One year Geir went to York to answer a lawsuit brought against him at the Ting there, and took Magnus with him. That was a trap laid by his enemies, and while he was away, a raiding party from south of the border came to his farm. The labourers and the tenants fought, but the best-armed men had gone with Geir to York, as was the custom for lawsuits. So those that remained were soon driven into the woods, and the raiders came whooping into the hall. The battle had given the farm’s women time to flee; but the Saxons cared little for that, for Geir’s hall was stuffed with the loot of a decade of raiding, and the hall was filled with their shouts as they spread out to search for the choicest trinkets.

So it was that one came to Cynwise’s rich chapel – for though Geir did not share his wife’s piety, he was not stingy with gifts, and Cynwise had lavished gold and jewels on her altar. The gold glittered so that the man did not at first see Maria, who had sought shelter with her god instead of in the woods. But when he reached out a hand to take the heavy candlesticks that Cynwise had set out – supporting beeswax candles lit for her husband’s safe return – Maria’s calm voice stopped him. “That gold is not yours, nor my father’s; it belongs to the God who is Father to us both. Steal it at your peril.” The raider started, and looked about; but when he saw that the speaker was a young girl, he relaxed, and stepped grinning towards her instead. Maria flinched, but stood her ground, holding up a crucifix in her defense; but when the raider did not stop, she instead lashed out with the cross. Unprepared for resistance, the raider was caught by surprise, and the heavy gold-inlaid wood caught him in the throat, crushing his Adam’s apple so he choked.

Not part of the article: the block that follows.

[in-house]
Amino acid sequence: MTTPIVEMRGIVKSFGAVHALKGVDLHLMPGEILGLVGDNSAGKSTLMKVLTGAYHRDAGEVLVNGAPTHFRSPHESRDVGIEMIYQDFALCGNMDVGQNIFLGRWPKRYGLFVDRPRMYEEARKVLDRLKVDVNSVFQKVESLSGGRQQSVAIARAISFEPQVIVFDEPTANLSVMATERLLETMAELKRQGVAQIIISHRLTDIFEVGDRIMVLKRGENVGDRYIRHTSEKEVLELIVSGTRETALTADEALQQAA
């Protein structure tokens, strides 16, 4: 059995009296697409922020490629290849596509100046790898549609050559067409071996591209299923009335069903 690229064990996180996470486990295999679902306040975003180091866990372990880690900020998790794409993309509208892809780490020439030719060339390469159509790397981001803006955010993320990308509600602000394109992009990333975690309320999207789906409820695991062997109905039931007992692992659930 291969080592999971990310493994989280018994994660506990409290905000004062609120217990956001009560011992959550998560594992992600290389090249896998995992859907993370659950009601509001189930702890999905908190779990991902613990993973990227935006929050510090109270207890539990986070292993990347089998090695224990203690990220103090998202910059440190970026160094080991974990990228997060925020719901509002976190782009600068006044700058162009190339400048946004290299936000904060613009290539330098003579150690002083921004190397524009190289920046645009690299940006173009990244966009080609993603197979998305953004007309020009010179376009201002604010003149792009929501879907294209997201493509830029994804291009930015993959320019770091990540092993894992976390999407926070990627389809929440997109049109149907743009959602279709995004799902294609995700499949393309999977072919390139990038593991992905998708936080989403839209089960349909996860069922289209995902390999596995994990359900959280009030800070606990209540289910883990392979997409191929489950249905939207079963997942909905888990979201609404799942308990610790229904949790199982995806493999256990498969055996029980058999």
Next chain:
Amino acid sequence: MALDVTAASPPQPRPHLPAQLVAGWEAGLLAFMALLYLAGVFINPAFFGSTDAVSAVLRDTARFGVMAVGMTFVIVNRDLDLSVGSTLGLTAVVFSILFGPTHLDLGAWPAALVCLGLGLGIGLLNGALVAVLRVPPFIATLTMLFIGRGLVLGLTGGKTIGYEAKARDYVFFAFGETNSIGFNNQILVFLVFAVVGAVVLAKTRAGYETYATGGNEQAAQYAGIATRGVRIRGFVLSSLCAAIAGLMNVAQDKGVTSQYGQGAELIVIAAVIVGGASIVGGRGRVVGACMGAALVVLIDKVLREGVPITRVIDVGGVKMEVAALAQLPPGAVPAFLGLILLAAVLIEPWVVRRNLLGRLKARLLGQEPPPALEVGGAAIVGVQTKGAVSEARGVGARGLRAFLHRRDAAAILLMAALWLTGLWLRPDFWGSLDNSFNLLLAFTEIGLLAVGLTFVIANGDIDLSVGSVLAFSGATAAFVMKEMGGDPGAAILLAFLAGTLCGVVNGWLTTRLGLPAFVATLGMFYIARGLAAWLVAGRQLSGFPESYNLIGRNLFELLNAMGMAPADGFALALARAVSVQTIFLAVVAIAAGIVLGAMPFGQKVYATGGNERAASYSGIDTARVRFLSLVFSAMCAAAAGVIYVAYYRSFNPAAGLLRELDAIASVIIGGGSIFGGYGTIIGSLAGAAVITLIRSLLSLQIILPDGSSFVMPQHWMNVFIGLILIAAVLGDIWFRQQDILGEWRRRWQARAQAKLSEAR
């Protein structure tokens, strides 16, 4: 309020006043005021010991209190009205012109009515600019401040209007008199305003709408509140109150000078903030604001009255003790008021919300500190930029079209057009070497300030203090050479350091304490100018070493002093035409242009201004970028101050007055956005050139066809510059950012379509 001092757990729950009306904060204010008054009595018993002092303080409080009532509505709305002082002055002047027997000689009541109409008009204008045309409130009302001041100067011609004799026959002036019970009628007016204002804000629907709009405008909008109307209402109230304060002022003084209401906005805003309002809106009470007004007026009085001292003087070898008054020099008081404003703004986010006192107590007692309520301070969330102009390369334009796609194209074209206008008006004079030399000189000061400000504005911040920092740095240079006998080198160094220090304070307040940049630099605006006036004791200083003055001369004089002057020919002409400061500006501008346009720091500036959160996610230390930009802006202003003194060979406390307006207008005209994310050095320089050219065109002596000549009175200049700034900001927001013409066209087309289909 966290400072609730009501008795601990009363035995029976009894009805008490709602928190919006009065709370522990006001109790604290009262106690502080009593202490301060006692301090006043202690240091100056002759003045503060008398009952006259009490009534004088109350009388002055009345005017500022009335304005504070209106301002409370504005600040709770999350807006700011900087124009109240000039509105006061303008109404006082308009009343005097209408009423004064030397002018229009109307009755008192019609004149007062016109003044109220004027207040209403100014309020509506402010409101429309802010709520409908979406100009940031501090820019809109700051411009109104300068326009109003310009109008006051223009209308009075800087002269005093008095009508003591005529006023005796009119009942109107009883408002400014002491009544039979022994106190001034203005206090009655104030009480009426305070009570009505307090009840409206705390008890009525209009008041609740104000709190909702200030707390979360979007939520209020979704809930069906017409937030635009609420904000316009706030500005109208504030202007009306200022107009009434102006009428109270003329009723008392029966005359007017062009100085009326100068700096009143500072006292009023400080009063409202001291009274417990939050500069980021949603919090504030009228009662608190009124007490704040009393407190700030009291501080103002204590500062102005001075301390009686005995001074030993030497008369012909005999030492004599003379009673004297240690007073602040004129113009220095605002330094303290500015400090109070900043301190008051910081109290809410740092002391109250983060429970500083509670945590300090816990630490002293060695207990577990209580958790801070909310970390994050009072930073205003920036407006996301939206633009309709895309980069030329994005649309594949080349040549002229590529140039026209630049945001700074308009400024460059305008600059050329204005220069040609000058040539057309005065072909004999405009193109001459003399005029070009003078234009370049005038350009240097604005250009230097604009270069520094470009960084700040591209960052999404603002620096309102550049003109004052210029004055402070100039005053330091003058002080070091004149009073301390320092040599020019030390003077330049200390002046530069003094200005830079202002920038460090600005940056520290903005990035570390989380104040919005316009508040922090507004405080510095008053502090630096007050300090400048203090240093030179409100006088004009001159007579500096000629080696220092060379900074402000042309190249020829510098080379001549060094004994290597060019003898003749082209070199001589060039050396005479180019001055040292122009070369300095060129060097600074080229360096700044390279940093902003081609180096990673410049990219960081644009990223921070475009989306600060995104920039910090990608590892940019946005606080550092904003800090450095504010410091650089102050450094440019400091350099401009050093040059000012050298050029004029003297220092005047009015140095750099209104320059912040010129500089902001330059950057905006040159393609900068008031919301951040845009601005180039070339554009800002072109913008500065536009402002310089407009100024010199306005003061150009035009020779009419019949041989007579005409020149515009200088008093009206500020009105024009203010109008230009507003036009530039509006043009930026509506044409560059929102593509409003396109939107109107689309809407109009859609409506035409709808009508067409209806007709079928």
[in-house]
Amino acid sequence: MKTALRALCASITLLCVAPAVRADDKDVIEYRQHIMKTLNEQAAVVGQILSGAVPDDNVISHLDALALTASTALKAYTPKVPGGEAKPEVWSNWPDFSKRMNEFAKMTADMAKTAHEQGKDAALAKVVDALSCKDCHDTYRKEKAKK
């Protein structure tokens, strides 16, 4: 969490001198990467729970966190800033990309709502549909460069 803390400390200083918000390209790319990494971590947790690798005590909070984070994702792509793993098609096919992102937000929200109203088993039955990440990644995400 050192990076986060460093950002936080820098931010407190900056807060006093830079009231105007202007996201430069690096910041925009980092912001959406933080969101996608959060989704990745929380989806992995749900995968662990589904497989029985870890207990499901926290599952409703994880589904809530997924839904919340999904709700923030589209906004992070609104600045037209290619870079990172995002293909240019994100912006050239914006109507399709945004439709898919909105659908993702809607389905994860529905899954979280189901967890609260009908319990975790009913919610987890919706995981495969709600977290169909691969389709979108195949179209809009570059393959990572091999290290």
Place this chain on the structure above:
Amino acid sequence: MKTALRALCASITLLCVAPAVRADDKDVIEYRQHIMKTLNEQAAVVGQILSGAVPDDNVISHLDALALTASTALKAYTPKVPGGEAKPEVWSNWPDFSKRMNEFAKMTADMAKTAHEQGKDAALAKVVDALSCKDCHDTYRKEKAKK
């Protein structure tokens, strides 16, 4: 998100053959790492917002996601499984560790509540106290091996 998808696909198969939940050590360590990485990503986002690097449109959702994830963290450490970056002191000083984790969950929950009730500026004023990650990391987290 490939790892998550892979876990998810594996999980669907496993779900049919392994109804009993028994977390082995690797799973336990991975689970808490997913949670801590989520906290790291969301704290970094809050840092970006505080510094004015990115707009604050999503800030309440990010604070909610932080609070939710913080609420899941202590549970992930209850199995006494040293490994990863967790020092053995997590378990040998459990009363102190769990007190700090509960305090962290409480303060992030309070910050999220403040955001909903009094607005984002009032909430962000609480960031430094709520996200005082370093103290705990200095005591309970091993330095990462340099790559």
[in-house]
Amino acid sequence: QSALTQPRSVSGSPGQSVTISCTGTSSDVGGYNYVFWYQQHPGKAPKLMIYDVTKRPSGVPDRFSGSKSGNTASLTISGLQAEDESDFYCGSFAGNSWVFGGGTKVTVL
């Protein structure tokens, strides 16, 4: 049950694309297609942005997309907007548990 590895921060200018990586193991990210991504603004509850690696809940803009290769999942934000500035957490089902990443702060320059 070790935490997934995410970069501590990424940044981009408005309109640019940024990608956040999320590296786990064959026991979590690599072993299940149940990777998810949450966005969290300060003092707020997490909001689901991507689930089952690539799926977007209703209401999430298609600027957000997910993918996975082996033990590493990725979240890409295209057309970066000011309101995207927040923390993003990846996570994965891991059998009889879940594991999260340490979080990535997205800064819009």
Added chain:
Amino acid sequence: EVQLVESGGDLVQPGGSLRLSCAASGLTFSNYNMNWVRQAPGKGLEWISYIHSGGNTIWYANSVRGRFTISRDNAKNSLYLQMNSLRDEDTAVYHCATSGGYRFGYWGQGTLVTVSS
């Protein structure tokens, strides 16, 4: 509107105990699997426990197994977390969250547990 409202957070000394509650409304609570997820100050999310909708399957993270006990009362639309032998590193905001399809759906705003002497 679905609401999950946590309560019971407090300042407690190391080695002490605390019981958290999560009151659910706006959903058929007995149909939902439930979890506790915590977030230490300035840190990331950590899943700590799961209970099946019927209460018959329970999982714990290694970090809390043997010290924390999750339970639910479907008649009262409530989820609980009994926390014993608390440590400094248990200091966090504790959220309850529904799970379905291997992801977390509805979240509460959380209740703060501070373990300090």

The sounds of his dying brought the other raiders running. When they saw their comrade lying on the ground, and a young woman standing over him with a crucifix, they would have given her ill treatment; but she held the crucifix high, and in a strong voice she said, “Kneel, dogs! Your quarrel is with my father, and none of mine; but here you are on our Father’s ground.” And so strong and fearless did she appear, that not a man among them did not think her possessed; and they shrank back, ashamed, and went about their business. All the gold and silver that there was in Ask’s house, they took, and drove a vast herd of cattle southwards; but the chapel they left alone, so afterwards it stood golden within a darkened house. Nor did they burn the hall as they left, though that had been their intention; for they dared not harm one who stood so strong in the favour of the White Christ that she would face down twenty armed men, and never waver or doubt.

After this happening there was little said in Geir’s household about what gods were suitable for thralls.